• Java API
    • SE

    Description

      Summary

      To be filled in before a CSR is made publicly visible; concise one to two sentence summary of the proposed change.

      Problem

      Two issues to address

      (1)4244499: ZipEntry() does not convert filenames from Unicode to platform

      The Zip specification historically does not specify the character encoding to be used for file names and comments, it has supported only the original IBM PC character encoding set, commonly referred to as IBM Code Page 437. Jar specification meanwhile explicitly specifies to use UTF-8 as the encoding to encode and decode all file names and comments in jar files. Our java.util.jar and java.util.zip implementation strictly follows Jar specification to use UTF-8 as the sole encoding when dealing with the file names and comments stored in Jar/Zip files.

      However, for normal (non-jar) Zip files, the convention used by other tools is to use either the IBM 437 or the platform encoding for file names. Applications that use the java.util.zip package to read/write normal zip files therefore fail (or produce unreadable files) if a file name contains a non-ASCII character, unless the platform encoding happens to be UTF-8.

      This has been the No.1 bug on our Top25 list for years.

      (2)5030283: Incorrect implementation of UTF-8 in zip package Jar specification clearly says "In JAR files, all file names must be encoded in the UTF-8 encoding". However our Jar/Zip implementation handles the "UTF-8 encoding" inconsistently and incorrectly. It assumes&uses either an "ancient" form of UTF-8 which doesn't have the 4-byte form for supplementary characters (and accepts illegal non-shortest form of UTF-8 byte sequences, see http://ccc.sfbay.sun.com/4486841), or relies on the JVM's modified UTF-8 (via (*env)->NewStringUTF/GetStringUTFLength/GetStringUTFRegion), which has the same limitation. As a consequence, file names (and comments) using supplementary characters can be used, but cannot be exchanged with standards-compliant Zip implementations.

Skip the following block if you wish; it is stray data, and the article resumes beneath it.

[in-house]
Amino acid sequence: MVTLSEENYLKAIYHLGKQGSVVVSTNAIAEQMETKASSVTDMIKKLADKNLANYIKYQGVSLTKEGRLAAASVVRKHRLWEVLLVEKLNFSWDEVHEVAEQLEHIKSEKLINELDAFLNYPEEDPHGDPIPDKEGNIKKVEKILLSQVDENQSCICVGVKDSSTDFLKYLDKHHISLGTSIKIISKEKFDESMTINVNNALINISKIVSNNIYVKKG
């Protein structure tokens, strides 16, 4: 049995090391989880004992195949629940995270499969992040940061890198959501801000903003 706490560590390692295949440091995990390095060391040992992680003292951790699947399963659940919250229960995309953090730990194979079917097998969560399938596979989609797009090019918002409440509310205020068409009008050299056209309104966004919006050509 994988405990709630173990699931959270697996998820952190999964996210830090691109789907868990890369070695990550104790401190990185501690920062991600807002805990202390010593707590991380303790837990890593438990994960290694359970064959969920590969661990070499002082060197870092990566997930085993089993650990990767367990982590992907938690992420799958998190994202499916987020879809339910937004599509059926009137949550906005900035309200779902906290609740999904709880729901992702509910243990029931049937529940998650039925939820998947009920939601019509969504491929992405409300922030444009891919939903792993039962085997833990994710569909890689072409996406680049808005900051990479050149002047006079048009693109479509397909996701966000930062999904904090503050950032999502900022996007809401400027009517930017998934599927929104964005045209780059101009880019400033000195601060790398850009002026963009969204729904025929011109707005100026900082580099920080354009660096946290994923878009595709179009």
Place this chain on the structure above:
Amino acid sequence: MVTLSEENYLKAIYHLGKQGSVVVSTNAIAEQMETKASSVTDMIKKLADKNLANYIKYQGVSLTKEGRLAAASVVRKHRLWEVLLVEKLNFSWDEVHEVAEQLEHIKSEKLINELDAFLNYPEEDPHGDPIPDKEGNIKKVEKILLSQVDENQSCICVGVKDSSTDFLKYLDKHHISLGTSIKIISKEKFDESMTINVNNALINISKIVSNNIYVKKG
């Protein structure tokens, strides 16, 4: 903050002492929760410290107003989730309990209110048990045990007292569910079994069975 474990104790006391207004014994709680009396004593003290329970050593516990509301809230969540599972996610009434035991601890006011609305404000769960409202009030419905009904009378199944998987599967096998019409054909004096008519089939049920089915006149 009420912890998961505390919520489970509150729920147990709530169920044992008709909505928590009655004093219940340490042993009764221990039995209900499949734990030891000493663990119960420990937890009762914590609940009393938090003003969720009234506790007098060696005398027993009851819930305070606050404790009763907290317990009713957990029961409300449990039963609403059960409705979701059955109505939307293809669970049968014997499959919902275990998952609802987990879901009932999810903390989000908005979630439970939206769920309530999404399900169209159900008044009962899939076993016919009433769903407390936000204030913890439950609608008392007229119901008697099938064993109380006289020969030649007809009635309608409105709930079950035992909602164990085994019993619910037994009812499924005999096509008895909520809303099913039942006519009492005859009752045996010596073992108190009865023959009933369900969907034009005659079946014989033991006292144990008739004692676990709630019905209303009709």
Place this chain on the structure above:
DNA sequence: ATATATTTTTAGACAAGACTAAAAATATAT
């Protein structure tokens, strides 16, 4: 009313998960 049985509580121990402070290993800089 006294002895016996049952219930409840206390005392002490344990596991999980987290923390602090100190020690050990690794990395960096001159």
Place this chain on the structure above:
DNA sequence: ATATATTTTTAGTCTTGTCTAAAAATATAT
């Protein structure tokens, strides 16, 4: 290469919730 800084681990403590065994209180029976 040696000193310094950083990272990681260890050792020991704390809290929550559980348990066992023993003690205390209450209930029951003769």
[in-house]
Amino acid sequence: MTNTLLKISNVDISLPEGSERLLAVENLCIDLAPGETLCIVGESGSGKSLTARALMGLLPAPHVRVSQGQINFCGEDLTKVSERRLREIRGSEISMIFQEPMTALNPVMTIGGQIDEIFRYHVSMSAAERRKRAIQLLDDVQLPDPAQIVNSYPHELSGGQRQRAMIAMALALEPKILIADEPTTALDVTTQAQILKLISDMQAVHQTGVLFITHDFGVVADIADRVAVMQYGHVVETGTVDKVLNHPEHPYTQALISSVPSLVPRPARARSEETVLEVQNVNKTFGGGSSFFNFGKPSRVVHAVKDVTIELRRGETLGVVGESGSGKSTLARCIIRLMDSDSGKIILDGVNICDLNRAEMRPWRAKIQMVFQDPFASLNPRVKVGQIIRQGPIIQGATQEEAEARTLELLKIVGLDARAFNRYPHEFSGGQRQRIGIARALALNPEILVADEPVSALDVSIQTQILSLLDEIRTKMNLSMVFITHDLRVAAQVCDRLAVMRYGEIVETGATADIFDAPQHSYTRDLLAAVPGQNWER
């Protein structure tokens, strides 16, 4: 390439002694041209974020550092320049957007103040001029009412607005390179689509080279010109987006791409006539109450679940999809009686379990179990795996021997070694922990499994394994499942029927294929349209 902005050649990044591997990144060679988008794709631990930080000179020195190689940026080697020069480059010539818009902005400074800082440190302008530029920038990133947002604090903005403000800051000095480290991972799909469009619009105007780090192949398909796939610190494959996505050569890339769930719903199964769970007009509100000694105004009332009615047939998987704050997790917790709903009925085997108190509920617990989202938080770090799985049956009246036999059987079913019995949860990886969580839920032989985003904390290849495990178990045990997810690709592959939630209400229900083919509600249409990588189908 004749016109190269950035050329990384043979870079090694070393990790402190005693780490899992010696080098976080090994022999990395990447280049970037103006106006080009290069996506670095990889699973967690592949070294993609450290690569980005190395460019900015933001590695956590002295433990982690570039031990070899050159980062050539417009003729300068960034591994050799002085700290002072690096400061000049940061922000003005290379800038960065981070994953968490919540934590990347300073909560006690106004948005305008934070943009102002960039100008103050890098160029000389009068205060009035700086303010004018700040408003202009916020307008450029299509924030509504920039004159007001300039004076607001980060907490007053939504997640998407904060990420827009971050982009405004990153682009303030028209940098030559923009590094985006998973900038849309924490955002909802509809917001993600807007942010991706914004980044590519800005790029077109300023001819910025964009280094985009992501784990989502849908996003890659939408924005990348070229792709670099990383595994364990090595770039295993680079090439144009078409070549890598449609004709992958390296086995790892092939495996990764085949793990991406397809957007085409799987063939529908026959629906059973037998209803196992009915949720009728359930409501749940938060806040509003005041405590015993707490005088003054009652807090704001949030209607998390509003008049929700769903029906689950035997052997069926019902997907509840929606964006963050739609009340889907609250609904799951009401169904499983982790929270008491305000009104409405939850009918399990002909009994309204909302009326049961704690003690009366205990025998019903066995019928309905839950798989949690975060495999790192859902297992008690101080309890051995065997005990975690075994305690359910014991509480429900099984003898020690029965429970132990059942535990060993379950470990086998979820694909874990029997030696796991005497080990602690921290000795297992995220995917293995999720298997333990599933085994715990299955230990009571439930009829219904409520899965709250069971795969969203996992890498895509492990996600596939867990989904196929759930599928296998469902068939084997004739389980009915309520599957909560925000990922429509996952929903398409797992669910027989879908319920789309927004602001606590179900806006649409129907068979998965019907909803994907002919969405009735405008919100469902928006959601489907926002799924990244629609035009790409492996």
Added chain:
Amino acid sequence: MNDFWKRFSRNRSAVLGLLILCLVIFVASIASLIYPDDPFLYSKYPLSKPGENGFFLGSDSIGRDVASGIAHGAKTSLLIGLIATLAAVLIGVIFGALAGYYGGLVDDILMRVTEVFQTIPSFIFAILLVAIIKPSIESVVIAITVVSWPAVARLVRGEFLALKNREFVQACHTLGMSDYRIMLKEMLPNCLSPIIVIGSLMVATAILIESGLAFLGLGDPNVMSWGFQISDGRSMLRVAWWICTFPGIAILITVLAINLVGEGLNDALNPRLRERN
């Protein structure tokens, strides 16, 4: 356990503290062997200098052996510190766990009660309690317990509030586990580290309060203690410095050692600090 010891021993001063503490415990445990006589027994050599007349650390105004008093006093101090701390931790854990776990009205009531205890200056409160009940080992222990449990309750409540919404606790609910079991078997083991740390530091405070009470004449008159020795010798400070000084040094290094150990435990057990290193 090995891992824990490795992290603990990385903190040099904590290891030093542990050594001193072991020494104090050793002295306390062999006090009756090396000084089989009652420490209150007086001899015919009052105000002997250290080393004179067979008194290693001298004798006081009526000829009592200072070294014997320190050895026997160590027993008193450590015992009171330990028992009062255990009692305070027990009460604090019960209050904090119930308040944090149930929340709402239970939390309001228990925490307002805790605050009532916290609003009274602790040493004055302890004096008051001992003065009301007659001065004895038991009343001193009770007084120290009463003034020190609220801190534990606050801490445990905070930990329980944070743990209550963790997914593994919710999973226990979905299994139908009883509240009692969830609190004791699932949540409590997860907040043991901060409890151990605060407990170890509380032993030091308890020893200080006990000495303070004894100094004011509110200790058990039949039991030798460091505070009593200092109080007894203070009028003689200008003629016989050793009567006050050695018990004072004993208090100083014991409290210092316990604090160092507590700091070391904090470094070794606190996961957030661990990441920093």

Related Info:

      (1)The latest PKWare ZIP File Format Specification/APPENDIX D - Language Encoding (EFS):

      ...If general purpose bit 11 is unset, the file name and comment should conform to the original ZIP character encoding.  If general purpose bit 11 is set, the filename and comment must support The Unicode Standard, Version 4.1.0 or greater using the character encoding form defined by the UTF-8 storage specification.

      (2)Latest WinZip supports UTF-8 encoding and set the general purpose flag bit 11 on when use UTF-8 for the file names and comments in its output Zip file.

      Solution

      The proposal here is

      (1)to distinguish Jar and Zip files to provide a set of new constructors for ZipFile, ZipInputStream and ZipOutputStream with a Charset parameter,

      ZipFile(java.io.File, int, java.nio.charset.Charset) ZipFile(java.io.File, java.nio.charset.Charset) ZipFile(java.lang.String, java.nio.charset.Charset) ZipInputStream(java.io.InputStream, java.nio.charset.Charset) ZipOutputStream(java.io.OutputStream, java.nio.charset.Charset)

      So application (that have the knowledge about what encoding is used in a particular Zip file) can specify the non-UTF-8 encoding when access those Zip files that use non-UTF8 (usually the default encoding of the native platform), or even generate such Zip files when necessary. Meanwhile the Jar command line tool and java.util.jar package continues to use UTF-8.

      (2)to set general purpose flag bit 11 of each Zip file entry ON when UTF-8 encoding is used to generate Zip files (via Jar/ZipOutputStream)

      (3)UTF-8 is used to decode the file names and comments if the general purpose flag bit 11 is ON, regardless the charset/encoding specified in constructors.

      (4)to use standard UTF-8 charset to handle encoding/decoding for all Jar/Zip files.

      Specification

      See attached BlenderRev.html

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              sherman Xueming Shen
              sherman Xueming Shen
              Alan Bateman
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                Created:
                Updated:
                Resolved: